If new figures on the car buying habits of Australians are any guide, our views on climate change and petrol prices haven’t really changed much. Here’s Alexander Downer last weekend:

I think people’s concern about climate change is declining, by the way as people finally twig to the fact they will wear the enormous costs of mitigating climate change … I must get a Hummer.

Although that Hummer line was an attempt at humour (stress, attempt), new car sales show Australians are thinking along the same lines. Despite the price of petrol, SUV sales are up, passenger car sales are down.

Each month the Federated Chamber of Automotive Industries issues a handy report detailing the car sales to dealers for the previous month. The news from the June report, issued yesterday, is appalling.

It shows Australians are buying more and more fuel-guzzling SUVs: petrol or diesel, it doesn’t matter. Despite petrol price rises rising 40% or more in the past year, that hasn’t discouraged us from buying thirstier cars.

So much so that the increased sales of SUVs, especially in the medium category, was the main reason why overall car sales rose 3.5% in the six months to June, a period when petrol prices rose to top $1.70 a litre for petrol and nearly $1.90 a litre for diesel.

In the six months to June, 109,669 SUVs were sold, or a 20.2% share of sales. That’s UP from the 96,912 sold in the same period of 2007, which was a share of 18.48%.

The 12,000 extra SUV sales drove the overall growth in car sales for the first half of the year. The FCAI said 542,695 new cars, trucks and buses were sold in the first six months of 2008 — up 18,319 or 3.5% on the same period of 2007. Total passenger car sales fell in the six months to June 2008 to 316,025 (58.32% share) from 321,222 units (a 61.26% share). That can be explained by the slump in sales of six cylinder vehicles like the Ford Falcon and the Holden Commodore and the departure of Mitsubishi and its six-cylinder 380 vehicle from the market in March.

According to the FCAI, the single largest contributor to sales growth so far this year has been the Medium SUV segment, which has added 6,662 sales or 18.5%. Diesel, or petrol. But explaining the jump in SUV sales is harder, given all the moaning from the public about the cost of fuel.

Diesel has a reputation of being more efficient. It isn’t. It’s more expensive, and unless you are driving long distances the greater economy (more kilometres to the litre) is cancelled out by the premium you pay to the unleaded price.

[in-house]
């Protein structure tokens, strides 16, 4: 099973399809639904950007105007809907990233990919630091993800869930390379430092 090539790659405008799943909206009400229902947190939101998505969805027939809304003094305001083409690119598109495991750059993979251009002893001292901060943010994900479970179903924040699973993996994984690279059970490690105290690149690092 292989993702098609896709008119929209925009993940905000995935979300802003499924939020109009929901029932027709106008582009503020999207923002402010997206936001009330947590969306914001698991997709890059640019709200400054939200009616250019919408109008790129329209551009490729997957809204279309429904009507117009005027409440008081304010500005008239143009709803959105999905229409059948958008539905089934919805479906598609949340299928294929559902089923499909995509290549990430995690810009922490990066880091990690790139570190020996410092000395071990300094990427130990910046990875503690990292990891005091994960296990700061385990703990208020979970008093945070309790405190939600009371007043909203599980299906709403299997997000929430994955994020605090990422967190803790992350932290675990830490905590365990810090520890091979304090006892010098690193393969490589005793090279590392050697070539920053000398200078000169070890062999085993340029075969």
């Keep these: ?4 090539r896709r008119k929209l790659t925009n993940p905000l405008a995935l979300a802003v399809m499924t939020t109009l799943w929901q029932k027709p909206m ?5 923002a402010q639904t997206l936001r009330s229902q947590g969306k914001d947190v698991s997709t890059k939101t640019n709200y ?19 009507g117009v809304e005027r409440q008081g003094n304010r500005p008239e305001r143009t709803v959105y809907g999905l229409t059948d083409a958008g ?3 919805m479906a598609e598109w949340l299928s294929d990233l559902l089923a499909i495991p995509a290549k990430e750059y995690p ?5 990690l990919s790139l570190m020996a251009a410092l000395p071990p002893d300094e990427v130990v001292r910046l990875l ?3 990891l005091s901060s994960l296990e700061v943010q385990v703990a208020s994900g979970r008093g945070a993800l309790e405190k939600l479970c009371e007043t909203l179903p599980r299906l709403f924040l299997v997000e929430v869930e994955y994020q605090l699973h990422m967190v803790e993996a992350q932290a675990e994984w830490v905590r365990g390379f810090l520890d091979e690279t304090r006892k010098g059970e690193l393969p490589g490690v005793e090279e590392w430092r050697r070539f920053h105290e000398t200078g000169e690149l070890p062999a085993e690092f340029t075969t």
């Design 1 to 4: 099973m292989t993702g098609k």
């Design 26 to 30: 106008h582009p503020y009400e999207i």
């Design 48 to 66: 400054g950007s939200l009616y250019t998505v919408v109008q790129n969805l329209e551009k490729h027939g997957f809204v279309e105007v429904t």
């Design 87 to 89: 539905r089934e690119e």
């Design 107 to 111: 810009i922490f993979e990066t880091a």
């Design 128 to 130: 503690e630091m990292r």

Diesel SUV sales jumped to 31,313 in the six months to June, from 22,476 in the same six months of 2007 and sales of diesel passenger vehicles jumped to 19,133 from 12,800 units in the same period of 2007.

The reality is that Australians need a huge wake-up call like American consumers have had. As a result of their economic woes, US drivers are busy forcing their huge car industry to change overnight by abandoning their beloved SUVs, pick-up trucks and big models for smaller, fuel efficient models.

Ford, General Motors and Chrysler are slashing production and sales of these gas guzzlers in favour of smaller cars: it will take more than two years, thousands of jobs and billions of dollars. GM is actually looking at a car with an economy rate of 44 miles to the gallon! Even an SUV considered here as a medium sized, “efficient” vehicle like the Honda CRV is being abandoned in the US. Sales in June were down 19% while sales of Honda Accords and Civics were up 37% and 9% respectively.

Sales in Australia for the month of June were also at record levels — 106,541. That’s an increase of 1,444 or 1.4% over the same month last year, and an all-time record for any month in Australian motor vehicle sales history. That was accounted for by the “pull forward” of luxury vehicle sales because of the change in tax in the budget: the FCAI said that was estimated to have increased luxury car sales by around 23%, or 1,575 vehicles, in June 2008, compared to the same month last year.

Australians, it seems, are saying one thing about petrol prices but doing another in record numbers.

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Peter Fray
Peter Fray
Editor-in-chief of Crikey
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